Contributing to Sahel food security through sustainable water bird management
FAO and the French Facility for Global Environment (FFEM) will work together in a new partnership to improve the state of natural resources in the wetlands of Africa's Sahel region, in particular the sustainable management of migratory water birds which are crucial for food security for the local populations.
The agreement signed today between FAO and FFEM, which co-funds one third of the 5 million euros project, is specifically targeting the four main wetland areas in the Sahel region which are distributed between Chad, Egypt, Mali, Senegal and Sudan.
The "Strengthening expertise in Sub -Saharan Africa on birds and their rational use for communities and their environment" (RESSOURCE) project will focus on wetlands situated in the Senegal River Valley, Inner Niger Delta, Lake Chad and the lower and middle reaches of the Nile. These are ecosystem sites of critical importance where the food security and livelihoods of nearly a billion people depend on agriculture, livestock and natural resource use, including fishing and bird hunting.
Many water bird species, including Garganey and Ruff spend the winter in the Sahel wetlands before returning to breed in Europe. Since 1960, the number of water birds in the area has declined by about 40 percent - a dramatic fall that possibly relates to three main factors: the shrinking of flood plain size due to drainage, reduced rainfall and other climate change related events; changing plant biodiversity, including the introduction of invasive species; and, unsustainable hunting.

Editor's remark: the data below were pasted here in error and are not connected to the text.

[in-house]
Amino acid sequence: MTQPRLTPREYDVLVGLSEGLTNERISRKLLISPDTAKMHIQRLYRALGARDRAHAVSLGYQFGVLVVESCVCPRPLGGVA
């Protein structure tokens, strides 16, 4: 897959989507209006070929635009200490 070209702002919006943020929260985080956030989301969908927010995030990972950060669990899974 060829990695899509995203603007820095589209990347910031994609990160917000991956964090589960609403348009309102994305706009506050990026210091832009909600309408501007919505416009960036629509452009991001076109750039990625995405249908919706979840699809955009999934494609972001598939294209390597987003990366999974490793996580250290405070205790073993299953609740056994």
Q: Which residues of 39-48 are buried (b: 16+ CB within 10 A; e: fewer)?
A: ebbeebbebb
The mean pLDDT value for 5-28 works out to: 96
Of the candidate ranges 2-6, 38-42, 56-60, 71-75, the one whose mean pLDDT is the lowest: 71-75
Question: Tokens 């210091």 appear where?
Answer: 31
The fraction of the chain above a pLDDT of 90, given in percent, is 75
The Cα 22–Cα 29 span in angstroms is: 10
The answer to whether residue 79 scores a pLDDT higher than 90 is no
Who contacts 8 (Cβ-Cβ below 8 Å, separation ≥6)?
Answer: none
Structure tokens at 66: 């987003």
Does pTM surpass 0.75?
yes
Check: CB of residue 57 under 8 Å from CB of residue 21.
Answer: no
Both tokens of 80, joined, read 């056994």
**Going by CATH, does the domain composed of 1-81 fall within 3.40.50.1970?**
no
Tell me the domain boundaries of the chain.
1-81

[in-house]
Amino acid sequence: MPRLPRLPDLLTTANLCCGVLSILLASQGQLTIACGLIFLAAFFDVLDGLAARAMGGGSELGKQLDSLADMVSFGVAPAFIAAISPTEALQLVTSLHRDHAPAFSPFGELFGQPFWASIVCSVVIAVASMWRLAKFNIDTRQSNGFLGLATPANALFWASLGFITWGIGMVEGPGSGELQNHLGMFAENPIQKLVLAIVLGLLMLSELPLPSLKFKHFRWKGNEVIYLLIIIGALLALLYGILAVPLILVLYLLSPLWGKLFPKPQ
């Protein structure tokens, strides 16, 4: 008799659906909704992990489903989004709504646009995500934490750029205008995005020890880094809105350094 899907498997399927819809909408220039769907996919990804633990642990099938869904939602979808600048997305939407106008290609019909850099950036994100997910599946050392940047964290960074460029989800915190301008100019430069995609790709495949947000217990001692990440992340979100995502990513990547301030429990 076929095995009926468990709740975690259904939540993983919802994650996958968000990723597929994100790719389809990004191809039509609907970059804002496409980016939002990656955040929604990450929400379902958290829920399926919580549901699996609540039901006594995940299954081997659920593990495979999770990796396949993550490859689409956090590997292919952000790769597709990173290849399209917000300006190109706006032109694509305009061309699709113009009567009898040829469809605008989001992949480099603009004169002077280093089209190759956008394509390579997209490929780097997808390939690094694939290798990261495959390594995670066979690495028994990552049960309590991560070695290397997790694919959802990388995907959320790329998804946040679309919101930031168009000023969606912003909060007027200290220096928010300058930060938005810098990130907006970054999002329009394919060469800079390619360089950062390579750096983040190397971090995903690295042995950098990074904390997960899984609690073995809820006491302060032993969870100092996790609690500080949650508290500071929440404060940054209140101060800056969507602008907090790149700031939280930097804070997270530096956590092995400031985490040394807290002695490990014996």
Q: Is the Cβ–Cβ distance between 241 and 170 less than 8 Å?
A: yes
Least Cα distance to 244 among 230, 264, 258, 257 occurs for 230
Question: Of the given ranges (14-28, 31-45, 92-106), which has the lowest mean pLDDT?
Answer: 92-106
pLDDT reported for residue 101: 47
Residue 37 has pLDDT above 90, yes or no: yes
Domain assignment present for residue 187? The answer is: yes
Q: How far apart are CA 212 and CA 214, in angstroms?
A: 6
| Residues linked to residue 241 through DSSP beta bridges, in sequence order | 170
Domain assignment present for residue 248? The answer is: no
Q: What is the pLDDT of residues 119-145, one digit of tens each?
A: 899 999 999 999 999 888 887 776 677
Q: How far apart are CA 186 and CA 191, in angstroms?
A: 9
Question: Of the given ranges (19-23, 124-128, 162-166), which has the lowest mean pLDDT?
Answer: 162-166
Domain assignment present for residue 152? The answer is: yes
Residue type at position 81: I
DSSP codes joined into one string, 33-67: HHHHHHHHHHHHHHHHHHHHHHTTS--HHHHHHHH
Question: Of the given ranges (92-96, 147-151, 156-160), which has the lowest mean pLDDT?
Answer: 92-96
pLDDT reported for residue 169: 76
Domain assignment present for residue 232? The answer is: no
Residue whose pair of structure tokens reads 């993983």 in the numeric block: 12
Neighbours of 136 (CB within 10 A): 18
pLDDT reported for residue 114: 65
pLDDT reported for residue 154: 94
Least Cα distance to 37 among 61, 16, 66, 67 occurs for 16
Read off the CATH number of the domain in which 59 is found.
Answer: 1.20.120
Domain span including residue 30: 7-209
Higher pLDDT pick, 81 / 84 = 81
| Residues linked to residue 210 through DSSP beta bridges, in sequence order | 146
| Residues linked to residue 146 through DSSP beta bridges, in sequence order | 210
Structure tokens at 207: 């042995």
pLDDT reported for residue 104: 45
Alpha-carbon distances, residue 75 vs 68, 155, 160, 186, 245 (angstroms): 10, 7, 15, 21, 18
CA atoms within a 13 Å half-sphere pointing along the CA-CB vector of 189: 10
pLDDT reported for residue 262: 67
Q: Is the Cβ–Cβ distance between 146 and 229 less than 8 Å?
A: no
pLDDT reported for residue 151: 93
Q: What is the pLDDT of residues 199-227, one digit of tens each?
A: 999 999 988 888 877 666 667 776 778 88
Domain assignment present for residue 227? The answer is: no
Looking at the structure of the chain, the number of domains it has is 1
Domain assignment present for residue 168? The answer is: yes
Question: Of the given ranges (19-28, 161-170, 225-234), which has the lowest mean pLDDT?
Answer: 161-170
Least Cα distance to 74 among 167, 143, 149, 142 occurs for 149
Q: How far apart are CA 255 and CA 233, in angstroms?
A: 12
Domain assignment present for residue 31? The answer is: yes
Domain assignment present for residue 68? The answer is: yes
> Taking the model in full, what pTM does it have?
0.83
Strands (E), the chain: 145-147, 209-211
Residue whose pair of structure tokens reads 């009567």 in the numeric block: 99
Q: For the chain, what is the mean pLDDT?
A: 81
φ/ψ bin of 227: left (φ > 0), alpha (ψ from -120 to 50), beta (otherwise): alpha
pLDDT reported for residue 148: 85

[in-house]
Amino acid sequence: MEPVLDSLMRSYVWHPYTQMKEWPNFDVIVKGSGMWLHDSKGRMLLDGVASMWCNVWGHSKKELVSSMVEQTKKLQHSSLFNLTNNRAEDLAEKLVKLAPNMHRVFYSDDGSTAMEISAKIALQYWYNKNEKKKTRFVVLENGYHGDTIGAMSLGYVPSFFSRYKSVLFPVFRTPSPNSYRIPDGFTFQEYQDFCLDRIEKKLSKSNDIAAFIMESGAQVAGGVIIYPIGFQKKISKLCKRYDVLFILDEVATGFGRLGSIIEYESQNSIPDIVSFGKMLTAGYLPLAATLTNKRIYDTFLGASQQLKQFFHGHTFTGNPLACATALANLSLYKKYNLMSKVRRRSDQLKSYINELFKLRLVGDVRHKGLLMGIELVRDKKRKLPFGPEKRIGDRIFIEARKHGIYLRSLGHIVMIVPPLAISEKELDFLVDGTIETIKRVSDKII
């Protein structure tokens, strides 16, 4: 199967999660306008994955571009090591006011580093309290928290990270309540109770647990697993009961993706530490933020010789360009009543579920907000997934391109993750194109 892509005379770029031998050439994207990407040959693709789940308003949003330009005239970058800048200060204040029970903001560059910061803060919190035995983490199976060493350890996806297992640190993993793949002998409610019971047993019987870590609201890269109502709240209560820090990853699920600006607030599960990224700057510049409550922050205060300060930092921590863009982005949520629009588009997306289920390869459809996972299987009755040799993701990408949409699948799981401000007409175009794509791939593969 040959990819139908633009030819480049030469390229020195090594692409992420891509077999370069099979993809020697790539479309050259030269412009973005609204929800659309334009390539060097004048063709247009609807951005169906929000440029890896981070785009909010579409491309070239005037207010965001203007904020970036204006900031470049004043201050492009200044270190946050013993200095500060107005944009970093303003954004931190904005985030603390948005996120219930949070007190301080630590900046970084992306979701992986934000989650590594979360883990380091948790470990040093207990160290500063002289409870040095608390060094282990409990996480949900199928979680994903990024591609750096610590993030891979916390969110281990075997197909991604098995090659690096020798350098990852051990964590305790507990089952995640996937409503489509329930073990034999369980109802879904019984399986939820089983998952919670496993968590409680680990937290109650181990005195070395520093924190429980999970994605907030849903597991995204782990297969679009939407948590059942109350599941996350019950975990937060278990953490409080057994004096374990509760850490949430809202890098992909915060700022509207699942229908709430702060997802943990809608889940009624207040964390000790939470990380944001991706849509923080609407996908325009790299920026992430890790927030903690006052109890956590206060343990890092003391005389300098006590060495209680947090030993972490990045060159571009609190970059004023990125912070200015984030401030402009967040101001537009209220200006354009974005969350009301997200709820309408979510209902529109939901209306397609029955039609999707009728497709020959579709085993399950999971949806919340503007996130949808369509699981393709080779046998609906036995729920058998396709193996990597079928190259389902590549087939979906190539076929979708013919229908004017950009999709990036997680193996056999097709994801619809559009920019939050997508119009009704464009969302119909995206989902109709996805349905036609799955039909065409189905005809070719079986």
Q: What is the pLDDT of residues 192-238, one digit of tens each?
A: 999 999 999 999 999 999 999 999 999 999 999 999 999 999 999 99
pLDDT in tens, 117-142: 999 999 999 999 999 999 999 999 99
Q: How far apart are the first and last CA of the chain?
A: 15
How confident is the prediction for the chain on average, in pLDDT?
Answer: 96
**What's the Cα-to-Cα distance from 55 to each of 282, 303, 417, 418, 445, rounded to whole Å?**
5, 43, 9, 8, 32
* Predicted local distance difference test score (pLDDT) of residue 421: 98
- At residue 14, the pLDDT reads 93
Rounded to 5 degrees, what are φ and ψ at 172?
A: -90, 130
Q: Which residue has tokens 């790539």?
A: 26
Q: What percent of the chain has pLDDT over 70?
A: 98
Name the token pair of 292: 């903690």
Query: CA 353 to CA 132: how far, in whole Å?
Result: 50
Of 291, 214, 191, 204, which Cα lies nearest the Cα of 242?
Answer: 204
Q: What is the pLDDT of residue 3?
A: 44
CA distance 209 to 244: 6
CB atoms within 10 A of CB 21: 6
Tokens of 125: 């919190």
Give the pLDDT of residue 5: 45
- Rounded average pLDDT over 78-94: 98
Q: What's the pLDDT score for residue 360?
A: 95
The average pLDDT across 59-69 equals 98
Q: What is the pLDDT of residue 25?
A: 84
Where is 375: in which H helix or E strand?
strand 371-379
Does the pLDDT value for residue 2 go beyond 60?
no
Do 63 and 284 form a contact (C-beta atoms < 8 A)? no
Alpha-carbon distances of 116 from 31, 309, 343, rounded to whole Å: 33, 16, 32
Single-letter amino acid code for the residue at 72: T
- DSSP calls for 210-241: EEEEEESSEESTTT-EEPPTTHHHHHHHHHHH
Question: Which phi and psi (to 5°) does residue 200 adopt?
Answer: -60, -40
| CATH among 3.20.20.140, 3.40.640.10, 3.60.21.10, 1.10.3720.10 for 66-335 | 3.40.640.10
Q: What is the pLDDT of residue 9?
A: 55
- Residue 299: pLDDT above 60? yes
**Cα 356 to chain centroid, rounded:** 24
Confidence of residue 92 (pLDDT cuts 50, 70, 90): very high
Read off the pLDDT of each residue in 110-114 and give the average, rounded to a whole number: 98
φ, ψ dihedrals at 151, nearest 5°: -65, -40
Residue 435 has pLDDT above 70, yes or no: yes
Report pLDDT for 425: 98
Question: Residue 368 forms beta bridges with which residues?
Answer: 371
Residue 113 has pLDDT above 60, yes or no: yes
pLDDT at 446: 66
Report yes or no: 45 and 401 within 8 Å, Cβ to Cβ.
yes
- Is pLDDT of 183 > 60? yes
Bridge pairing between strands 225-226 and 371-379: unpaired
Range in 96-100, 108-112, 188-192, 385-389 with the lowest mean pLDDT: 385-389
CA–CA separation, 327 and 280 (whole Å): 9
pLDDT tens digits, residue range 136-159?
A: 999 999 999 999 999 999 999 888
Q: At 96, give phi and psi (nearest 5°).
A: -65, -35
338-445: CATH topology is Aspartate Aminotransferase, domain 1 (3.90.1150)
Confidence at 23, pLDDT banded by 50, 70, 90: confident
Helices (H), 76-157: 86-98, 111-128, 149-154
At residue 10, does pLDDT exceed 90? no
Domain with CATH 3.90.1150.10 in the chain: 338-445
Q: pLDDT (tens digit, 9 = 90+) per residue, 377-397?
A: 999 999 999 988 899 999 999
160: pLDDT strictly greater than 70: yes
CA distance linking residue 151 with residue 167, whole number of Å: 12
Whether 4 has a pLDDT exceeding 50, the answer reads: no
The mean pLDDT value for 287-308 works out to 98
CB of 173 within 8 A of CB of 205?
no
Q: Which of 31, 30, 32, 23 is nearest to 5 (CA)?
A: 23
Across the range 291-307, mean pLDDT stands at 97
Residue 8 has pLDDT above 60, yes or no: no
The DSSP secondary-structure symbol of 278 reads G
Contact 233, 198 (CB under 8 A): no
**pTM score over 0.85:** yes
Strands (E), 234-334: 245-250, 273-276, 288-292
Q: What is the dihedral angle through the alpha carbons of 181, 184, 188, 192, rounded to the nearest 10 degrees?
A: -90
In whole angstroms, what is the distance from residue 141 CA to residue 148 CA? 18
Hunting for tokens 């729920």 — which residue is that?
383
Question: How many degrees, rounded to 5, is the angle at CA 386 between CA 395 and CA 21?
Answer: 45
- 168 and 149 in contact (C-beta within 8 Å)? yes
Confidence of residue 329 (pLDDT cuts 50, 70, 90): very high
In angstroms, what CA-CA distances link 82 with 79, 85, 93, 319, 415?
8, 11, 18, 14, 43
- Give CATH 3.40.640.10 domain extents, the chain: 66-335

The project will be conducted in cooperation with the Governments of the countries concerned and other key technical partners such as France's National Agency for Wildlife and Hunting Management (ONCFS), the French Agricultural Research Centre for International Development (CIRAD) and the Secretariat of the Agreement on the Conservation of African-Eurasian Migratory Waterbirds.
FAO, FFEM and the other project partners will promote sustainable management of migratory water birds through bird census and surveying and monitoring techniques, and capacity building activities. The results will support the creation or adaptation of a legal and regulatory framework, and foster policies aimed at sustainable hunting and enhanced bird conservation. These policies will be integrated with broader wetlands site management.
"This project is about improving management of wetlands, water birds and their habitats. It will eventually benefit local populations and for the first time we will work at the regional level mobilising multi-stakeholders partnerships" said Francois Xavier Duporge, General Secretary of FFEM.